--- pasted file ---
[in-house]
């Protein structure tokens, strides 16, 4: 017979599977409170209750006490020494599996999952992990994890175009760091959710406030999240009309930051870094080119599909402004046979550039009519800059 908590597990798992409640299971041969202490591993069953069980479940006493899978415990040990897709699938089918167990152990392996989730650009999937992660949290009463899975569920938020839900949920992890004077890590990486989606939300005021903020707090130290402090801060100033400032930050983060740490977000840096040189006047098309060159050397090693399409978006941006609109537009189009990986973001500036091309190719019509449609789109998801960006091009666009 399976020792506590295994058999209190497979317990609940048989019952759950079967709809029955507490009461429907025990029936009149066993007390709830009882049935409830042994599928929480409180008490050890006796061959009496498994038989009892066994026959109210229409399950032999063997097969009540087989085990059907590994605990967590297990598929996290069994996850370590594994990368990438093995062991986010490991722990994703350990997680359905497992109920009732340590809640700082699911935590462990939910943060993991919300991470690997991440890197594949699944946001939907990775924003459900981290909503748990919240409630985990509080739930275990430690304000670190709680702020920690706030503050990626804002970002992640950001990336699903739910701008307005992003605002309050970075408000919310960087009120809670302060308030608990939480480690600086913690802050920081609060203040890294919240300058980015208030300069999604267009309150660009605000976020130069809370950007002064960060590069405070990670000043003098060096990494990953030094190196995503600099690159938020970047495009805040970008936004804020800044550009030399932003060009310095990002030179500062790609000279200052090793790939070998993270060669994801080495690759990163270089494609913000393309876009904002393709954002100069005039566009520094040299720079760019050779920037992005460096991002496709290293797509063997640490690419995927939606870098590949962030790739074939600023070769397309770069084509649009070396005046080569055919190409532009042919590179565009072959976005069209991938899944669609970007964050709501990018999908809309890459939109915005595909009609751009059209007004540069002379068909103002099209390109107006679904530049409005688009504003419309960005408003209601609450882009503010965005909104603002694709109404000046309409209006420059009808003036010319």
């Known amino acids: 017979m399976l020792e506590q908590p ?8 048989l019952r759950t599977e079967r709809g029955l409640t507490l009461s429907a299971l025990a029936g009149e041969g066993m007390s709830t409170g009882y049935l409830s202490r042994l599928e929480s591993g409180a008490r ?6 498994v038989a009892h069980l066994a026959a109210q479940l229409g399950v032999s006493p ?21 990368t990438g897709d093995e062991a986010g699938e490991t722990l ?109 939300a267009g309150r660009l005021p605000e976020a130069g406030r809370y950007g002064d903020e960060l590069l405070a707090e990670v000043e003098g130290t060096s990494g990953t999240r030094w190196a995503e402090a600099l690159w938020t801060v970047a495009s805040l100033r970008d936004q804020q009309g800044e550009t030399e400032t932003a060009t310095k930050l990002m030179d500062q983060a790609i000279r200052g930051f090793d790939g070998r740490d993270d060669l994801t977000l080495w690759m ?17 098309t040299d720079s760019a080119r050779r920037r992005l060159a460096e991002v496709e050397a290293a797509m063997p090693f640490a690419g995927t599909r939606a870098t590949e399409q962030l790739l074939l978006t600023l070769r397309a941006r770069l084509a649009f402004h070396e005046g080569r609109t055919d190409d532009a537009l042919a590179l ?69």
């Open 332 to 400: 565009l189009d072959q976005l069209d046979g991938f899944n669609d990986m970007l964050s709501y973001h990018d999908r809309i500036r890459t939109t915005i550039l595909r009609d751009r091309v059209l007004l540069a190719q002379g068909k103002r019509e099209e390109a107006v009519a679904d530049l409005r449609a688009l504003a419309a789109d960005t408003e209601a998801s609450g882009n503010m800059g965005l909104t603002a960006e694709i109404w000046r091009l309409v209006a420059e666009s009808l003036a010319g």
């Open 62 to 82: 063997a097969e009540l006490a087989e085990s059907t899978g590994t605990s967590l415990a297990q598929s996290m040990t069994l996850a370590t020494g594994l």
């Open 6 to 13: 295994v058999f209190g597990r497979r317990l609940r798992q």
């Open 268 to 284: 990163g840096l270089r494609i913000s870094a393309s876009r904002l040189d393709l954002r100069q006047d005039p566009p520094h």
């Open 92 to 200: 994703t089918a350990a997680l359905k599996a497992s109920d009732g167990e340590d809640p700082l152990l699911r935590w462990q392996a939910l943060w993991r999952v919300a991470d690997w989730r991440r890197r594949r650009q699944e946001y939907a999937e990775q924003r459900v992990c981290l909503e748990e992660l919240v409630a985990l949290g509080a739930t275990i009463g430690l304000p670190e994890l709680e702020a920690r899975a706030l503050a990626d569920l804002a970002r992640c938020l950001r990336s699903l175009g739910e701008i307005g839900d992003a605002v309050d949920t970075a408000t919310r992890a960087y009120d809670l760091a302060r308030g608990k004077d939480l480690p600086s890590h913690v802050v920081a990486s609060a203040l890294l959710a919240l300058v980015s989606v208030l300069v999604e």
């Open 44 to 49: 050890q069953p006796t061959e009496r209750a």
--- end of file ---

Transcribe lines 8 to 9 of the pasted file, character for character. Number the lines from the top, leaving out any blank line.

């Open 92 to 200: 994703t089918a350990a997680l359905k599996a497992s109920d009732g167990e340590d809640p700082l152990l699911r935590w462990q392996a939910l943060w993991r999952v919300a991470d690997w989730r991440r890197r594949r650009q699944e946001y939907a999937e990775q924003r459900v992990c981290l909503e748990e992660l919240v409630a985990l949290g509080a739930t275990i009463g430690l304000p670190e994890l709680e702020a920690r899975a706030l503050a990626d569920l804002a970002r992640c938020l950001r990336s699903l175009g739910e701008i307005g839900d992003a605002v309050d949920t970075a408000t919310r992890a960087y009120d809670l760091a302060r308030g608990k004077d939480l480690p600086s890590h913690v802050v920081a990486s609060a203040l890294l959710a919240l300058v980015s989606v208030l300069v999604e």
């Open 44 to 49: 050890q069953p006796t061959e009496r209750a």